Early morning classes not good for teens

The Orator Staff

The alarm goes off at 6 a.m. and most reach for their phone to hit the snooze button. It’s a feeling of sweet bliss when the silence is restored. The alarm goes off again just ten minutes later, it’s time to start the day.

This is the reality for us high school students since we are required to be in class by 7:40 a.m.

Other districts in the area start later. Millard high schools, for example, start at 8:45 a.m. on Mondays and 8 a.m. during the rest of the week.
Omaha Public Schools should do the same. It would help students and staff members mentally and physically.

Organizations such as the American Psychological Association (APA) and the American Medical Association (AMA) have conducted studies and determined that school, at the earliest, should start at 8 a.m.

Going along with the APA’s research, the Center for Disease Control and Prevention, says adolescents who do not get enough sleep are more likely to engage in smoking tobacco, drinking alcohol and drug use at an early age. Some suffer from depressive symptoms and many perform poorly in their schoolwork all because of not getting enough sleep every night.

If we just push start times back by a half hour, students’ academic success would increase. People are always researching ways to help set students up for success, but the solution has been in front of their faces this whole time.

Delaying the time we start would also help increase our attendance rates.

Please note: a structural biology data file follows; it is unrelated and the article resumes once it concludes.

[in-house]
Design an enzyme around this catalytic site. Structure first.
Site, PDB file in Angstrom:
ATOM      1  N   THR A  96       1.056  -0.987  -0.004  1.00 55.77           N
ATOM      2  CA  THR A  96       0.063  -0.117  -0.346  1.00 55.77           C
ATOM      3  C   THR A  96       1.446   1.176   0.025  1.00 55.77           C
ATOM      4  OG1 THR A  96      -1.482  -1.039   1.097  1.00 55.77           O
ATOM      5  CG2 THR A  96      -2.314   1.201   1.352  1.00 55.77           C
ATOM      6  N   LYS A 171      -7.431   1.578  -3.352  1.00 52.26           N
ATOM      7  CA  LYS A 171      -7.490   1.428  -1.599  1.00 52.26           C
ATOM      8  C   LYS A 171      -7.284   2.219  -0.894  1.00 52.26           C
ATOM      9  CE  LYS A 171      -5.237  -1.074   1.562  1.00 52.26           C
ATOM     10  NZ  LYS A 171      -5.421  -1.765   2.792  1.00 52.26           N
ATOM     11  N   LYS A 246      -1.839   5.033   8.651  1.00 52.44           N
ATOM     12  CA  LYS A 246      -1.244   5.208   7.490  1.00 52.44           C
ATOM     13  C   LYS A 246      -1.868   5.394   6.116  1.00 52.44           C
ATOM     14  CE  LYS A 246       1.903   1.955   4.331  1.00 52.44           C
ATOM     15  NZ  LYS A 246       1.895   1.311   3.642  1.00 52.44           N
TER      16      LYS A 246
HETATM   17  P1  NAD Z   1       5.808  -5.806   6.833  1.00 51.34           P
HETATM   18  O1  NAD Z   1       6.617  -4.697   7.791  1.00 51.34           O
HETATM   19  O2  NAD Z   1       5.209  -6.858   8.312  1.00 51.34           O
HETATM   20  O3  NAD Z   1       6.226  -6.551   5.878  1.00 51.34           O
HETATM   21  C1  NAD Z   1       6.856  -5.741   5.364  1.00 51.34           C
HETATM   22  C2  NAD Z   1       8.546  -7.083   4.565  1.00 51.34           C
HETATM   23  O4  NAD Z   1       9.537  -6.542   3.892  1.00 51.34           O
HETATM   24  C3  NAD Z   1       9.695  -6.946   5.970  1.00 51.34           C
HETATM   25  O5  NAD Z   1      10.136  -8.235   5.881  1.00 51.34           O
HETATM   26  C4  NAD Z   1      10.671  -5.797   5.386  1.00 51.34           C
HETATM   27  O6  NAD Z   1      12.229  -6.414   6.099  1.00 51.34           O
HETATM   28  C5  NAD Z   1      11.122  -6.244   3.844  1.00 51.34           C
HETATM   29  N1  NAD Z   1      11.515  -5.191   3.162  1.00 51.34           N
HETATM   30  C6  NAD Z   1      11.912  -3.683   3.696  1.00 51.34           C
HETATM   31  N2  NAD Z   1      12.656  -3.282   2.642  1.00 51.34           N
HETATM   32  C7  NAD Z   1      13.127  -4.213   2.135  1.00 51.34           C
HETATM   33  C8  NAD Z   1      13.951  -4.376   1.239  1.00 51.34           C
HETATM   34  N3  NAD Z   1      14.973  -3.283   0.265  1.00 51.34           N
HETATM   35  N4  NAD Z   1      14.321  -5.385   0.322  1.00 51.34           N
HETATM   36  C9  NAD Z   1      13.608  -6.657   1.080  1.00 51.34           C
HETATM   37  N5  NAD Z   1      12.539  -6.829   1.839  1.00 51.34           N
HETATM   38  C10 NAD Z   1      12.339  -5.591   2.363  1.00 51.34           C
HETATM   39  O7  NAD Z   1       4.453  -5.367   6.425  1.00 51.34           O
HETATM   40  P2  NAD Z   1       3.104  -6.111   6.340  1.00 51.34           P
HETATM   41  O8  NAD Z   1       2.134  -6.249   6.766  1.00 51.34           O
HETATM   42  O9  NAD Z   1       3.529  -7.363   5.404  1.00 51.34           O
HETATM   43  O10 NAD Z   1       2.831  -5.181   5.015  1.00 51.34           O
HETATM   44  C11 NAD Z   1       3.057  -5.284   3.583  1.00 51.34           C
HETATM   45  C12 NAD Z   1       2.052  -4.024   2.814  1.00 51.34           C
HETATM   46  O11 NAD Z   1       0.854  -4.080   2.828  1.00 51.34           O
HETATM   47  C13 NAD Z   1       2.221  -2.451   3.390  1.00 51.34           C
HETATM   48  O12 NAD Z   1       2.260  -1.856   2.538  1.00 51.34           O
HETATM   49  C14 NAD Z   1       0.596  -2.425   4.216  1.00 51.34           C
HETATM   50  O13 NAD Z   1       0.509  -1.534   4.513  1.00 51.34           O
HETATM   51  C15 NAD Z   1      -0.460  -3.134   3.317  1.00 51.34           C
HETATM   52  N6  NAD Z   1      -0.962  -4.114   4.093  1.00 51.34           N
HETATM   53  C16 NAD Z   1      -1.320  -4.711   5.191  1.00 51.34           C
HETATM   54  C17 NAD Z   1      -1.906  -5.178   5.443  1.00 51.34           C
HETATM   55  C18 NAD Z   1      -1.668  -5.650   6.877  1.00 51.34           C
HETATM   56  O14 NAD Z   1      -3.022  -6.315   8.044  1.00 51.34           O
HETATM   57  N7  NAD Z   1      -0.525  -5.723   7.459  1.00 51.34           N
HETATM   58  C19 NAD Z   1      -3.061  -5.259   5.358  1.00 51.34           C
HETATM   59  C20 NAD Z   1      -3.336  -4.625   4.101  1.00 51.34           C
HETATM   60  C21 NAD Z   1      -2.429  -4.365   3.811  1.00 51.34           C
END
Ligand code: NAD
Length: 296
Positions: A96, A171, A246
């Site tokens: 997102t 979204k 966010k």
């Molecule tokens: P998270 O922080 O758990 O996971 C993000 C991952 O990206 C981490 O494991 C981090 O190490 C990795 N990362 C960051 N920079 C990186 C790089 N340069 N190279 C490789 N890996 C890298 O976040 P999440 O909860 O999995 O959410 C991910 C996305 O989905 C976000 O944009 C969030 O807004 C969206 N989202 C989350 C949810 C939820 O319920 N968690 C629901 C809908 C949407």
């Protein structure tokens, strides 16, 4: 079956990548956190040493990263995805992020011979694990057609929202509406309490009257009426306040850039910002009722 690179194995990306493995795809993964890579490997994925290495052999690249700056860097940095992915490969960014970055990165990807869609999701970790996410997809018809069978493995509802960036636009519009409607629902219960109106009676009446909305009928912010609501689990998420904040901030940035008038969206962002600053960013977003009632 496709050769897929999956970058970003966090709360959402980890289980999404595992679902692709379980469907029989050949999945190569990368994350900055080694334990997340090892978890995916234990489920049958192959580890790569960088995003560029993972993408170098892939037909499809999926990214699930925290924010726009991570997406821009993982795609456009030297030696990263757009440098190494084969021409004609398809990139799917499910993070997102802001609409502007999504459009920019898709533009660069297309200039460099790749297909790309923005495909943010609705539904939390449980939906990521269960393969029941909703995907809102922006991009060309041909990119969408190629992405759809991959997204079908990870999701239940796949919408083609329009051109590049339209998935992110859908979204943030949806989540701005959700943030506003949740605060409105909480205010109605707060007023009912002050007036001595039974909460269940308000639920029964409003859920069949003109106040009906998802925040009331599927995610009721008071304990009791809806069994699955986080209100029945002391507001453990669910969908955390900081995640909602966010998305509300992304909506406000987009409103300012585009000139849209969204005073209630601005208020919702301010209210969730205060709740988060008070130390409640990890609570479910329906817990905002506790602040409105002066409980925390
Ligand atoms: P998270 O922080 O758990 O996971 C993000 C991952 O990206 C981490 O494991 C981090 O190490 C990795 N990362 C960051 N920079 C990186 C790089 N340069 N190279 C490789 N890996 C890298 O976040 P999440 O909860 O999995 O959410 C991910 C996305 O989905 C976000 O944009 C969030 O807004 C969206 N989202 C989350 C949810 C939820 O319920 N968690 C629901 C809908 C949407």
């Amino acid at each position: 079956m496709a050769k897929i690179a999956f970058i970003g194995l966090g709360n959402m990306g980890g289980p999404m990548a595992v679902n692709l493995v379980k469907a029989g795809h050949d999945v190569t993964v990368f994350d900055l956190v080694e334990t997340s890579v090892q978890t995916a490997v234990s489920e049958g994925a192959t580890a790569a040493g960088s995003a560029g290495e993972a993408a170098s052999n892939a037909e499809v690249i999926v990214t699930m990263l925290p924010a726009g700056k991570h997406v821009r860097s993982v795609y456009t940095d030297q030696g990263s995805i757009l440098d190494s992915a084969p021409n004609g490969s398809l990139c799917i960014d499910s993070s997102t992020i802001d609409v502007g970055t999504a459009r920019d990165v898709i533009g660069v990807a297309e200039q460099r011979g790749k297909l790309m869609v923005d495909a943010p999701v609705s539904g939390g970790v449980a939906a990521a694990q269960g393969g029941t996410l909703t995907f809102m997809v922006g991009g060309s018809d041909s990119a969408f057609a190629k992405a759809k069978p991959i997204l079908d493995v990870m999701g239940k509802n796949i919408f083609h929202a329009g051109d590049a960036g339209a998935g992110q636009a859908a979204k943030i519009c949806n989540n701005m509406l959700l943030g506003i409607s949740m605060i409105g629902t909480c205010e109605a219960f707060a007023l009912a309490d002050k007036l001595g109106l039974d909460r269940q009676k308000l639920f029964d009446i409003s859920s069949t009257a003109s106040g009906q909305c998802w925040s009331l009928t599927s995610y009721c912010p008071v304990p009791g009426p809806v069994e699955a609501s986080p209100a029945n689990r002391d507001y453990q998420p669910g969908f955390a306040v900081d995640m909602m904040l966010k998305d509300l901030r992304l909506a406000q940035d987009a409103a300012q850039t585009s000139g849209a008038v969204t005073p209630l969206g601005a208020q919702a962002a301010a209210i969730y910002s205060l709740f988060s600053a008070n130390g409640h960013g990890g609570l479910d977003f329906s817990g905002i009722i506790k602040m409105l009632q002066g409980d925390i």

According to a study done by Pamela McKeever and Linda Clark of Central Connecticut State University, out of 29 high schools across the country, the average attendance rate went from 90 percent to 94 percent with later start times.

With Superintendent Dr. Cheryl Logan’s Strive for 95 attendance goal, it would only make sense to push start times by a half an hour.
Pushing all levels: elementary, middle school and high school start times each a half hour wouldn’t be that difficult of an adjustment. It might even make it easier for elementary school parents to pick their children up after work since it would be later in the day.

School start times are not decided at the federal or state level, but rather at the district or individual school level, so it is completely up to OPS to make the call and right now is the perfect time to do it.

If we want to continue to improve as a school and as a district we need to advocate for later times. Not just to have healthier students, but also to assist in improving our schools.